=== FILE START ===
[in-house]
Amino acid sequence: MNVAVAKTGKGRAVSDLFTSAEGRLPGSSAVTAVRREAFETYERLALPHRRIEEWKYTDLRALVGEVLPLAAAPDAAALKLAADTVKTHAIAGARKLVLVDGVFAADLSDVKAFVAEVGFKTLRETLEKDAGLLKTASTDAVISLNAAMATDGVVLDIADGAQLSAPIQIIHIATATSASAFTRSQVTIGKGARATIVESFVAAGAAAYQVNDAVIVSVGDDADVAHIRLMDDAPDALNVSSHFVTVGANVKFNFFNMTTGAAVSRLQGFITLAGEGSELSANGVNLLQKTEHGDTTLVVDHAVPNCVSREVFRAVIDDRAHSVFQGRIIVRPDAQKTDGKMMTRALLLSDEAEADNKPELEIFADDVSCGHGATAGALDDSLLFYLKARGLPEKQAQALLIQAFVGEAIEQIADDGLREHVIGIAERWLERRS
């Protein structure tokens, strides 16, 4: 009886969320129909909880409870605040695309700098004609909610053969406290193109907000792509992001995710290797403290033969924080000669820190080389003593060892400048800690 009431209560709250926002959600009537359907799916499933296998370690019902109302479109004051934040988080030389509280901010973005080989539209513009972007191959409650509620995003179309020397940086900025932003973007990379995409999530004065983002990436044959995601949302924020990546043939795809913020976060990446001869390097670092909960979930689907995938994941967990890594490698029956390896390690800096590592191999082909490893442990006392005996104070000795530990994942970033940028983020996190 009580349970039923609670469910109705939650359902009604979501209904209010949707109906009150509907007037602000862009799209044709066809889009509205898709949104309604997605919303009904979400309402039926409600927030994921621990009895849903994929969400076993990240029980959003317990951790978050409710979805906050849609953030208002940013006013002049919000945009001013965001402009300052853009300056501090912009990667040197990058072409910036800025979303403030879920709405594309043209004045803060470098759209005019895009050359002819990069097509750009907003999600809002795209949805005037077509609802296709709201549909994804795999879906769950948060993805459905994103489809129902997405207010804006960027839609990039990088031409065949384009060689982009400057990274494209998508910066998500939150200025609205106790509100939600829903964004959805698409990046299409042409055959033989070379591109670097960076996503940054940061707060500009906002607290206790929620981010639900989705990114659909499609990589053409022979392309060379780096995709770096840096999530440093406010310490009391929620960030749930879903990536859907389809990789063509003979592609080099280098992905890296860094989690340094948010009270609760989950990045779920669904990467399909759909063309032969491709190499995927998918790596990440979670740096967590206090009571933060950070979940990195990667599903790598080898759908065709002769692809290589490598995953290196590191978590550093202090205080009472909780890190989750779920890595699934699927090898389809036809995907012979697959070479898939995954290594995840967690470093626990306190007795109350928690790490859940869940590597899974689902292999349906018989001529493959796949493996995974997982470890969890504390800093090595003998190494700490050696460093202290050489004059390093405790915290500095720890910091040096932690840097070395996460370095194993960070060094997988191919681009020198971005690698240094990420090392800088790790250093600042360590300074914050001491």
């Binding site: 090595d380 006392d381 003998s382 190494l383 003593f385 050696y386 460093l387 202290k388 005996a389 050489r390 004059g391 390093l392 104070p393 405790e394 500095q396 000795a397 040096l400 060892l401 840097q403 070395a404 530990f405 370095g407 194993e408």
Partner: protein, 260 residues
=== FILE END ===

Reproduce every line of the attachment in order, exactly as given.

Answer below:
[in-house]
Amino acid sequence: MNVAVAKTGKGRAVSDLFTSAEGRLPGSSAVTAVRREAFETYERLALPHRRIEEWKYTDLRALVGEVLPLAAAPDAAALKLAADTVKTHAIAGARKLVLVDGVFAADLSDVKAFVAEVGFKTLRETLEKDAGLLKTASTDAVISLNAAMATDGVVLDIADGAQLSAPIQIIHIATATSASAFTRSQVTIGKGARATIVESFVAAGAAAYQVNDAVIVSVGDDADVAHIRLMDDAPDALNVSSHFVTVGANVKFNFFNMTTGAAVSRLQGFITLAGEGSELSANGVNLLQKTEHGDTTLVVDHAVPNCVSREVFRAVIDDRAHSVFQGRIIVRPDAQKTDGKMMTRALLLSDEAEADNKPELEIFADDVSCGHGATAGALDDSLLFYLKARGLPEKQAQALLIQAFVGEAIEQIADDGLREHVIGIAERWLERRS
């Protein structure tokens, strides 16, 4: 009886969320129909909880409870605040695309700098004609909610053969406290193109907000792509992001995710290797403290033969924080000669820190080389003593060892400048800690 009431209560709250926002959600009537359907799916499933296998370690019902109302479109004051934040988080030389509280901010973005080989539209513009972007191959409650509620995003179309020397940086900025932003973007990379995409999530004065983002990436044959995601949302924020990546043939795809913020976060990446001869390097670092909960979930689907995938994941967990890594490698029956390896390690800096590592191999082909490893442990006392005996104070000795530990994942970033940028983020996190 009580349970039923609670469910109705939650359902009604979501209904209010949707109906009150509907007037602000862009799209044709066809889009509205898709949104309604997605919303009904979400309402039926409600927030994921621990009895849903994929969400076993990240029980959003317990951790978050409710979805906050849609953030208002940013006013002049919000945009001013965001402009300052853009300056501090912009990667040197990058072409910036800025979303403030879920709405594309043209004045803060470098759209005019895009050359002819990069097509750009907003999600809002795209949805005037077509609802296709709201549909994804795999879906769950948060993805459905994103489809129902997405207010804006960027839609990039990088031409065949384009060689982009400057990274494209998508910066998500939150200025609205106790509100939600829903964004959805698409990046299409042409055959033989070379591109670097960076996503940054940061707060500009906002607290206790929620981010639900989705990114659909499609990589053409022979392309060379780096995709770096840096999530440093406010310490009391929620960030749930879903990536859907389809990789063509003979592609080099280098992905890296860094989690340094948010009270609760989950990045779920669904990467399909759909063309032969491709190499995927998918790596990440979670740096967590206090009571933060950070979940990195990667599903790598080898759908065709002769692809290589490598995953290196590191978590550093202090205080009472909780890190989750779920890595699934699927090898389809036809995907012979697959070479898939995954290594995840967690470093626990306190007795109350928690790490859940869940590597899974689902292999349906018989001529493959796949493996995974997982470890969890504390800093090595003998190494700490050696460093202290050489004059390093405790915290500095720890910091040096932690840097070395996460370095194993960070060094997988191919681009020198971005690698240094990420090392800088790790250093600042360590300074914050001491």
């Binding site: 090595d380 006392d381 003998s382 190494l383 003593f385 050696y386 460093l387 202290k388 005996a389 050489r390 004059g391 390093l392 104070p393 405790e394 500095q396 000795a397 040096l400 060892l401 840097q403 070395a404 530990f405 370095g407 194993e408």
Partner: protein, 260 residues